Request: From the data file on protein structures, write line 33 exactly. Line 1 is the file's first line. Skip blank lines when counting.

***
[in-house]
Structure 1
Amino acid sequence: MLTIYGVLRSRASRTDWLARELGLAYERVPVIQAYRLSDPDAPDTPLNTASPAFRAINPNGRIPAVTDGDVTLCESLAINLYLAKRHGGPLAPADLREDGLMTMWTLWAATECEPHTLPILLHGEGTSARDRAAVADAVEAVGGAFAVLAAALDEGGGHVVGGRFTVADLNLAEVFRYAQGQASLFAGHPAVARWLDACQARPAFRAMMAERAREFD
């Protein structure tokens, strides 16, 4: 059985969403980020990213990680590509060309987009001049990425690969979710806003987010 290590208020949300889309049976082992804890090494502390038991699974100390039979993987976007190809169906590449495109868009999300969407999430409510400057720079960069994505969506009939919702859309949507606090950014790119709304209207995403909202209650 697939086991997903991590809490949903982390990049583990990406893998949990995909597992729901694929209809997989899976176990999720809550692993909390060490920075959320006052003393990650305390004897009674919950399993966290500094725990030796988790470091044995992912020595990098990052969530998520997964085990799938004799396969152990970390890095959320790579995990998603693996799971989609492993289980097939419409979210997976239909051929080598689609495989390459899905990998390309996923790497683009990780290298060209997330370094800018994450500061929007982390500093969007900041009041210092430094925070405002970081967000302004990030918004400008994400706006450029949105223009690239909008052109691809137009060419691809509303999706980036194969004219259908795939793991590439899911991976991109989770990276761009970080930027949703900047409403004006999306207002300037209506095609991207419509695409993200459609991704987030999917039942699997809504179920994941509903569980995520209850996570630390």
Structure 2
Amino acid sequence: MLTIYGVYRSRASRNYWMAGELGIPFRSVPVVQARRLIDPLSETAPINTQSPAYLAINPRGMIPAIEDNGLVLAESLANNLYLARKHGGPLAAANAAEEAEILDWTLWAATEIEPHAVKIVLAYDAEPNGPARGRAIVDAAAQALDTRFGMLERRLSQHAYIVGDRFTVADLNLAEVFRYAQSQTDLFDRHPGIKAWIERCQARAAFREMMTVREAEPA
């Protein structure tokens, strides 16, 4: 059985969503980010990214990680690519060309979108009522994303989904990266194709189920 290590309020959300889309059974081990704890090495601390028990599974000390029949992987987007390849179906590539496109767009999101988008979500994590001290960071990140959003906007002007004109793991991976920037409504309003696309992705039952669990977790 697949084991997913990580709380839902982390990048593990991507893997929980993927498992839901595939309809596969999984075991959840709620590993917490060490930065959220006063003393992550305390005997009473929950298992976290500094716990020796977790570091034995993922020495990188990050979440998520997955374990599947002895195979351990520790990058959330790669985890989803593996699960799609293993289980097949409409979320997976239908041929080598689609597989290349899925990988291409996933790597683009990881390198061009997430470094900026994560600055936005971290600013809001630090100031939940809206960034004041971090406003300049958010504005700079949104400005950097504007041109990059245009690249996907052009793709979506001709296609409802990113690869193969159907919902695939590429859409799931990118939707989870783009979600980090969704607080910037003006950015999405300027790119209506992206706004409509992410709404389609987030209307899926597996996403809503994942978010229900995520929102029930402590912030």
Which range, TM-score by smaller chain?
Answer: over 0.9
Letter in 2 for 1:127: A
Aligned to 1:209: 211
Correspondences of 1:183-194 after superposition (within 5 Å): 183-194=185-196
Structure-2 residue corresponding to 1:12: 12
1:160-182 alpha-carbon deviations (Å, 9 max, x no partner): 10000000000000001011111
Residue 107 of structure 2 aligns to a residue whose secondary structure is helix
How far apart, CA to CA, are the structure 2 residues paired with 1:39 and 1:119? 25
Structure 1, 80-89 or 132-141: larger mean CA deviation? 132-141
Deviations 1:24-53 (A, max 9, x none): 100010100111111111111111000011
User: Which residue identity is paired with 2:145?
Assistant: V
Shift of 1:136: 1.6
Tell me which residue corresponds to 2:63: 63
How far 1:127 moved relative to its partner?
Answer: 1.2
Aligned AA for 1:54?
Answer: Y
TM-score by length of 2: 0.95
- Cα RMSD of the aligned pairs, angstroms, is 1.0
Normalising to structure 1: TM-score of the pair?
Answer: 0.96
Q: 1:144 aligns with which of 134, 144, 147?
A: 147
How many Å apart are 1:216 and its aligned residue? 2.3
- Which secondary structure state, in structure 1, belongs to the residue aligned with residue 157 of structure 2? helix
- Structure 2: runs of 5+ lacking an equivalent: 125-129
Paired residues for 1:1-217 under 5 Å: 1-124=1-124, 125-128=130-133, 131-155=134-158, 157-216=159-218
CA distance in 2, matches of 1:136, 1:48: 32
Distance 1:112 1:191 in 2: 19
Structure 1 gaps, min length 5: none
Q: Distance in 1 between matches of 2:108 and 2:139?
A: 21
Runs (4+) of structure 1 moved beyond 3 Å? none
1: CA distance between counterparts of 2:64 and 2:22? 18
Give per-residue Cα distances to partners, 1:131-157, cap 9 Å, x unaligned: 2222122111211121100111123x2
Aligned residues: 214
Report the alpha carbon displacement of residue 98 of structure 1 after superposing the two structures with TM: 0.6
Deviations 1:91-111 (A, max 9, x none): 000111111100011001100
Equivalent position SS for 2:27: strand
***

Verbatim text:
How many Å apart are 1:216 and its aligned residue? 2.3